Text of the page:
- Web3 has native payments: Cryptocurrencies (like ETH) are used to spend and send money instead of having to rely on the outdated infrastructure of banks and payment processors.
- Web3 is trustless: Web3 doesn’t rely on trusted third-parties, it operates using incentives and economic mechanisms.
Benefits of Web3
- Ownership: Web3 gives its users the power to own digital assets via non-fungible tokens (NFTs).
- Censorship Resistant: In Web3 your online content lives on the blockchain, meaning that it cannot be removed by someone else. Think about how useful this could be in places where the government tries to shut down dissenting opinions (ex. A journalist publishing content about government corruption won’t have to worry about the government forcing their organization to remove said article).
- Identity: Web3 allows you to have one identity throughout every single platform. So instead of having to create a new account for every site or service, you can use just one.
- Native Payments: Web3 uses cryptocurrencies like Bitcoin and Ethereum to send money directly in the browser, bypassing a trusted third party. Web2 uses banks and payment processors, which add their own fees to the transactions.
How far away is Web3?
Despite all the recent hype and jibber jabber that’s being pushed by the crypto wave, Web3 is still not mainstream ready. There are several limitations that need to be addressed so that mass adoption happens.
- Accessibility: The main roadblock here is transaction fees. On main blockchains like Ethereum, transaction fees are too high to make it worth it to use regularly. There are upgrades (like layer 2 scaling solutions) that are solving these issues but it’s not quite there yet.
- User Experience: The crypto space isn’t exactly the most user friendly. Its scary doing transactions on a lot of the platforms since transactions are permanent and you are responsible for yourself.
- Education: More people need to learn what Web3 is along with other terminology from the Crypto space like blockchains, decentralization, etc. With all the attention that crypto is getting lately, along with some countries dropping their awful currencies to adopt cryptocurrencies like Bitcoin, this process will be accelerated.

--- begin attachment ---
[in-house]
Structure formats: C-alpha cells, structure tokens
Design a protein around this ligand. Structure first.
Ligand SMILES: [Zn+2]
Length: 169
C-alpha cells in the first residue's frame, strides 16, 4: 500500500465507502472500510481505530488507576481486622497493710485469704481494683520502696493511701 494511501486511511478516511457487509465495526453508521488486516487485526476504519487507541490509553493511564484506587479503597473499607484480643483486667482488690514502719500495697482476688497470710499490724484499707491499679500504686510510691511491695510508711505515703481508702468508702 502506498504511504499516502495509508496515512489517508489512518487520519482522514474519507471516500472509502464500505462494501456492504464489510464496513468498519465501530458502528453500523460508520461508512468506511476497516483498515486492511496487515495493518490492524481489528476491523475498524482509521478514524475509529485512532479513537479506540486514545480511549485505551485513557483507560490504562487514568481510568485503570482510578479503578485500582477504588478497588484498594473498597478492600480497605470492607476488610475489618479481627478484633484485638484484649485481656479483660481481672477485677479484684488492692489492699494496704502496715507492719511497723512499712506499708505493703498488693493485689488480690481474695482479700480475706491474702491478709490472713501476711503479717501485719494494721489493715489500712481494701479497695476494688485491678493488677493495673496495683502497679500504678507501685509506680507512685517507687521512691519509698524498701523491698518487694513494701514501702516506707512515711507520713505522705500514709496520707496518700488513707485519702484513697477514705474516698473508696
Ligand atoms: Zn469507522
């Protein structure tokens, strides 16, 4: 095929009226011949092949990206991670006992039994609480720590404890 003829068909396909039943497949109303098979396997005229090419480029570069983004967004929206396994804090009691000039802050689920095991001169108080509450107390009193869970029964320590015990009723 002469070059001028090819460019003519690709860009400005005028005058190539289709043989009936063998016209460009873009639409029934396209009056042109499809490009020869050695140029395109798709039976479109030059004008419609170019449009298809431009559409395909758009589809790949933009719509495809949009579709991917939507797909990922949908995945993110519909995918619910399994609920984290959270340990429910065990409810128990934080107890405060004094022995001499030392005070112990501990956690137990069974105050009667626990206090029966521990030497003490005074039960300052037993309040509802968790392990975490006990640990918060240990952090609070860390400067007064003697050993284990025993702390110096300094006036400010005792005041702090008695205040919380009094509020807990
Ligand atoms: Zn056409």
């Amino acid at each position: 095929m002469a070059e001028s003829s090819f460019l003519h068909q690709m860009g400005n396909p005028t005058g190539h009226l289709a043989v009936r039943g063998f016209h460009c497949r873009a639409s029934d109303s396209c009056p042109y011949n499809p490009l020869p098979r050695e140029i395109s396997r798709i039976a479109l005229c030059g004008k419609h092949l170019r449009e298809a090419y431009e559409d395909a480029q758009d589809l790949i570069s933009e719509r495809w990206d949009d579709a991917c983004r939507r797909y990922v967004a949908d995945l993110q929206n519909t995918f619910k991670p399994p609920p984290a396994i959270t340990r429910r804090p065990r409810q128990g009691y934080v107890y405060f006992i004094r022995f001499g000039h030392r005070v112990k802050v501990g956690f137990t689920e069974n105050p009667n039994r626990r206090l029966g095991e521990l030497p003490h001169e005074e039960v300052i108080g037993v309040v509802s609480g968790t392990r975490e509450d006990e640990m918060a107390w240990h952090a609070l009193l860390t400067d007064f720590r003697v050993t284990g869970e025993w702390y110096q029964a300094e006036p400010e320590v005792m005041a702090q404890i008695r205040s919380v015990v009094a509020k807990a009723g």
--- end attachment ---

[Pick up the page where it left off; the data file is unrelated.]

- Centralized Infrastructure: The Web3 ecosystem is young and quickly evolving so it is currently using mainly centralized infrastructure. Building reliable decentralized infrastructure is going to take time to develop.
What can you do to prepare for Web3?
Web3 is still in its infancy, but that doesn’t mean its not coming. For the time being the best thing that you can do is:
- Educate yourself: Keep yourself informed on what is going on in this space. Learn about the importance of this step of Internet evolution. The more people do this the faster this change will arrive.
- Invest in an NFT domain: NFT domains are the nft version of regular domains. Since this space is still fresh then it is advisable to purchase your nft domain before it becomes unavailable. So grab your personal name handles, your business handles, and anything else that you would like to get. For example, we purchased lapseproductions.eth, lapseproductions.crypto, lapseproductions.nft, from Unstoppable Domains and ens.domains.
Prepare yourself for Web3 with LAPSE
Thanks for taking the time to read through our blog on What is Web3! We hope this has given you a thorough understanding of what it is, its importance, and what you can do to prepare for this. If you are interested in creating video content that will live in the blockchain as an NFT then reach out to us in the contact form below!